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One of the best museums in the entire country, the Wadsworth Atheneum Museum of Art houses some of the finest collections of European art. The museum walls are lined with Renaissance and Modern art, including work by Caravaggio, Lorrain, Picasso, Degas, Cézanne, van Dyck, Monet, Van Gogh, and more. One of the most outstanding collections at the museum is that of the Hudson River School and late 19th Century oil and watercolors from local artists. Open since 1842, the Wadsworth Atheneum Museum of Art is the oldest public art museum in the United States.
This home on Farmington Avenue is where Mark Twain lived from 1874 until he moved to Europe (due to bankruptcy) in 1891. It is also the place where Twain wrote some of his most famous works, such as Adventures of Huckleberry Finn, The Adventures of Tom Sawyer and A Connecticut Yankee in King Arthur's Court. The estate is in constant renovation and the curating team is always looking to restore it as it was when Twain lived here. Nonetheless, the adjacent Museum offers an exclusive documentary about the writer by director Ken Burns and the home was one of the first 100 architectural sites to be registered as a National Historic Landmark in the United States.
Nestled in the campus of University of Connecticut, William Benton Museum of Art is one of most popular art museums in Connecticut. This museum has been operating since 1967 and is known for exhibiting 6500 fine as well as contemporary artworks by acclaimed artists. Besides some permanent exhibits, the museum features temporary exhibitions regularly. With such rich art collection, William Benton Museum of Art invites all enthusiasts for visitation.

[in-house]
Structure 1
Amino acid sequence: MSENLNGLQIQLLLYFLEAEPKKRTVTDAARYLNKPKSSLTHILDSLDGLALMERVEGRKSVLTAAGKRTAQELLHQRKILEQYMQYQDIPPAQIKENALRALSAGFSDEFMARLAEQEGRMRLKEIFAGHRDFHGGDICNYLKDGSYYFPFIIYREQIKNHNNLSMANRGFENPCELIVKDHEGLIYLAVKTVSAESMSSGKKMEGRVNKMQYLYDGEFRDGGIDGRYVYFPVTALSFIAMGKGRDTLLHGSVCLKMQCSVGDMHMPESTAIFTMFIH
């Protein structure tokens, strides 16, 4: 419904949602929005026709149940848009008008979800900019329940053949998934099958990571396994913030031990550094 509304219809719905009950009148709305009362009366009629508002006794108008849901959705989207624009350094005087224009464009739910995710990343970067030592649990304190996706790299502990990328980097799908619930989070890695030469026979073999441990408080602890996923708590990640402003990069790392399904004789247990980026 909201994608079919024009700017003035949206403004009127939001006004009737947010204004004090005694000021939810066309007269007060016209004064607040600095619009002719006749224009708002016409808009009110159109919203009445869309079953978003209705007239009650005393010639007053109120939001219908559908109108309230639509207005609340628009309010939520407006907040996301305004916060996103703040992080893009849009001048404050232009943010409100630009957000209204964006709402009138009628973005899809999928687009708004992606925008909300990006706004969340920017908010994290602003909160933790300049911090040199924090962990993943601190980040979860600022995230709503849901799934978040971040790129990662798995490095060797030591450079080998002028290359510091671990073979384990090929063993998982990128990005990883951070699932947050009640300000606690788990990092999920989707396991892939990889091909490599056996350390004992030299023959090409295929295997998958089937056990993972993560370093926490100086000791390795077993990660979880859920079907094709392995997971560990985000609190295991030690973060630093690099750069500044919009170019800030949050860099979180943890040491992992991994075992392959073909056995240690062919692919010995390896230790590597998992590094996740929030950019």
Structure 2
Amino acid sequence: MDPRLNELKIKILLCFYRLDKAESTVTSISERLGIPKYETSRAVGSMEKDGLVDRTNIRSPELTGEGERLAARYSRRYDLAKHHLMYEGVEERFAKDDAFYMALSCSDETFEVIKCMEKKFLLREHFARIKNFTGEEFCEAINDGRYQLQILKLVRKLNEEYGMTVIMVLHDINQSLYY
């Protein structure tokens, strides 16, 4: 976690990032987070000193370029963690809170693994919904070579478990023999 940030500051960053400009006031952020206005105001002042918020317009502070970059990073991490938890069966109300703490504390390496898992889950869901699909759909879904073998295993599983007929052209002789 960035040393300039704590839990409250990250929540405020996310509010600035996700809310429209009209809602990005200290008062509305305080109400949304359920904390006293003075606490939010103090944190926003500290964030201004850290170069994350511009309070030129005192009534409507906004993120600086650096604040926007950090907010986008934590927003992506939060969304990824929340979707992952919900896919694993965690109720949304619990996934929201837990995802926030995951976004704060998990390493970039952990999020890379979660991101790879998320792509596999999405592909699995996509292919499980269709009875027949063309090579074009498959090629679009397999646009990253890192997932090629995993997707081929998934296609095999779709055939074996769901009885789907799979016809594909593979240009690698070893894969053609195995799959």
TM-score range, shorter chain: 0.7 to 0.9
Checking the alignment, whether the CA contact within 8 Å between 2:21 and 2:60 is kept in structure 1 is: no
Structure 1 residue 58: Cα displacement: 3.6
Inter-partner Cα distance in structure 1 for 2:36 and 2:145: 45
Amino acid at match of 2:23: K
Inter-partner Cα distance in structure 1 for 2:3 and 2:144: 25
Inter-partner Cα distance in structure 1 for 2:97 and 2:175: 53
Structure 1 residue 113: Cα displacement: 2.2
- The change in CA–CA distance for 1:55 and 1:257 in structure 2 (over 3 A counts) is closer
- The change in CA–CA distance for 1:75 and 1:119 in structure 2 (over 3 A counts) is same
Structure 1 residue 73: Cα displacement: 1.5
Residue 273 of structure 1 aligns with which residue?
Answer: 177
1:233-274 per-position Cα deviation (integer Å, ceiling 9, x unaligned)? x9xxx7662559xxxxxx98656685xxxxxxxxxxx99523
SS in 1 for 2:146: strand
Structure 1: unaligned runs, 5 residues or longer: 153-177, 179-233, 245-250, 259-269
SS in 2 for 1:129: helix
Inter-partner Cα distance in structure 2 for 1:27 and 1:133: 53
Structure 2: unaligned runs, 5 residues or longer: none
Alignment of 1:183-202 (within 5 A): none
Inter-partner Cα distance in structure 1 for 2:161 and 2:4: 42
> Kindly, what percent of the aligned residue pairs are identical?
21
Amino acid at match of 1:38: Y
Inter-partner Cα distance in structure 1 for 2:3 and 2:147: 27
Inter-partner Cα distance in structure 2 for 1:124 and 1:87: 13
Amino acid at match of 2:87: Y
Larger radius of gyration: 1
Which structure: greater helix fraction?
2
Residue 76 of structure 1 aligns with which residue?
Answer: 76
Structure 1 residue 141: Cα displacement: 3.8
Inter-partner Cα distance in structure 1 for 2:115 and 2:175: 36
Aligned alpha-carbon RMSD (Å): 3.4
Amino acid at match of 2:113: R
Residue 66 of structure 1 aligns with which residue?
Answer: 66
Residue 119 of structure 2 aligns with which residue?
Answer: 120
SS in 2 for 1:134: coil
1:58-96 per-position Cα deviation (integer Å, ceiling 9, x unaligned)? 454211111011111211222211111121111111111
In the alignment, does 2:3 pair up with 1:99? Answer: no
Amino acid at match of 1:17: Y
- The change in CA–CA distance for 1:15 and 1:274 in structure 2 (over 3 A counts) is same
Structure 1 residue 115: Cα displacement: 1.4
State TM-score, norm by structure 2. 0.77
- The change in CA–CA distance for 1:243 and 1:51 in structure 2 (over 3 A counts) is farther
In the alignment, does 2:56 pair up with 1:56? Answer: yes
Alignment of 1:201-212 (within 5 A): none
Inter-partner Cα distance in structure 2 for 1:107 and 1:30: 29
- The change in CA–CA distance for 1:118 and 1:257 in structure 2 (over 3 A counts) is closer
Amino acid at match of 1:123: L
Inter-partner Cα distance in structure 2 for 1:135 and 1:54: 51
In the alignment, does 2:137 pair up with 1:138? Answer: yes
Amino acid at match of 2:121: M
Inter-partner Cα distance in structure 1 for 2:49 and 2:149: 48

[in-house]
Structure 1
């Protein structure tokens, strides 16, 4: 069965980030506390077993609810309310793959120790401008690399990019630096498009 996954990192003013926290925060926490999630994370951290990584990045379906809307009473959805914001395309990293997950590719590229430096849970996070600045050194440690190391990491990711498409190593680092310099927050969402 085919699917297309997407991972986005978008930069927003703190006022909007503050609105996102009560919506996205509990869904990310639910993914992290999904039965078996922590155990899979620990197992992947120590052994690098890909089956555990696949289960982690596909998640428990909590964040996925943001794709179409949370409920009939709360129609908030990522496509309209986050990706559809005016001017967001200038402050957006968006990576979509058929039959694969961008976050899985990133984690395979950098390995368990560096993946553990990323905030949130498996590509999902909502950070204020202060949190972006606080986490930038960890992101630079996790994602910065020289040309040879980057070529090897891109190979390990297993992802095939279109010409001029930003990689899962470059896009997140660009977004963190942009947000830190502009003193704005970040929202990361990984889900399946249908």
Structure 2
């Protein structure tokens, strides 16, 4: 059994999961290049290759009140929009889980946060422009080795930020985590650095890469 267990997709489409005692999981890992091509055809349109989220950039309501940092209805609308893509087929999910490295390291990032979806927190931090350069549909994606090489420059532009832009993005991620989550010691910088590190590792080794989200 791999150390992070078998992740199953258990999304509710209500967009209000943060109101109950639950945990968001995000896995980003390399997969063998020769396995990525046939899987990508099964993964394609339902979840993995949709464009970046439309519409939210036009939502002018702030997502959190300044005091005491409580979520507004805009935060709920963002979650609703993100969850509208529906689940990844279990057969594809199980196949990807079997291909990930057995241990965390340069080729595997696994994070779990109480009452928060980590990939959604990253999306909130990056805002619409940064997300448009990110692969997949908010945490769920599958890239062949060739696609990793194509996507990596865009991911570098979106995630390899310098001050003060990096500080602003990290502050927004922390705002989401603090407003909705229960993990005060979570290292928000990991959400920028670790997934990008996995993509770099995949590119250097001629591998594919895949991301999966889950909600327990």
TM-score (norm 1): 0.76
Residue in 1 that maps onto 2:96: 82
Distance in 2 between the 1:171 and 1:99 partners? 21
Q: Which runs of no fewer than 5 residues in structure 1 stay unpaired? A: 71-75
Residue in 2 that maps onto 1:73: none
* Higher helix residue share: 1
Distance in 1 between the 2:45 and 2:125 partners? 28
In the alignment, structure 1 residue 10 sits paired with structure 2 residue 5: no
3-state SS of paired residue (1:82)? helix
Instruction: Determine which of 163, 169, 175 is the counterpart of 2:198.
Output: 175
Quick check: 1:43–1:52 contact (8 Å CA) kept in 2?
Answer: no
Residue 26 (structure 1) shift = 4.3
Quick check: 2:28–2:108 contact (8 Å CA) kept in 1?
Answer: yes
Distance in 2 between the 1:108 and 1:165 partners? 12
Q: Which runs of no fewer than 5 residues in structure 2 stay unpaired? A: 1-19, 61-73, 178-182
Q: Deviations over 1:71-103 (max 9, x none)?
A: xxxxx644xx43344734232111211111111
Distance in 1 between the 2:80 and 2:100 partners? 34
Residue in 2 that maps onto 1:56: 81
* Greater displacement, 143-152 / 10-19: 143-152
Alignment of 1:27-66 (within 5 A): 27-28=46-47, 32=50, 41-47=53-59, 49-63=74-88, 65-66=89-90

The Connecticut Historical Society expounds upon the history of America's fifth State. Visit their museum and center to learn more about Northeastern history through exhibitions, programs and Connecticut-related collections. It also features one of the largest costume and textile collections in New England. The research center has over 270,000 artifacts and graphics, and over 100,000 books and pamphlets. Overall, an interesting spot to visit, especially if you're from Connecticut.
The Harriet Beecher Stowe Center is dedicated to the author of Uncle Tom's Cabin and it offers a profound insight into the life and times of this suffragette. This is the home in which Stowe lived from 1873 until her death in 1893. The house includes authentic, restored furniture pieces as well as souvenirs from her journeys around the world. A library, located on the grounds of the nearby Day House contains books, manuscripts, images and more. Visitors can also view eight Victorian gardens on the grounds of the estate as well as several special events held throughout the year.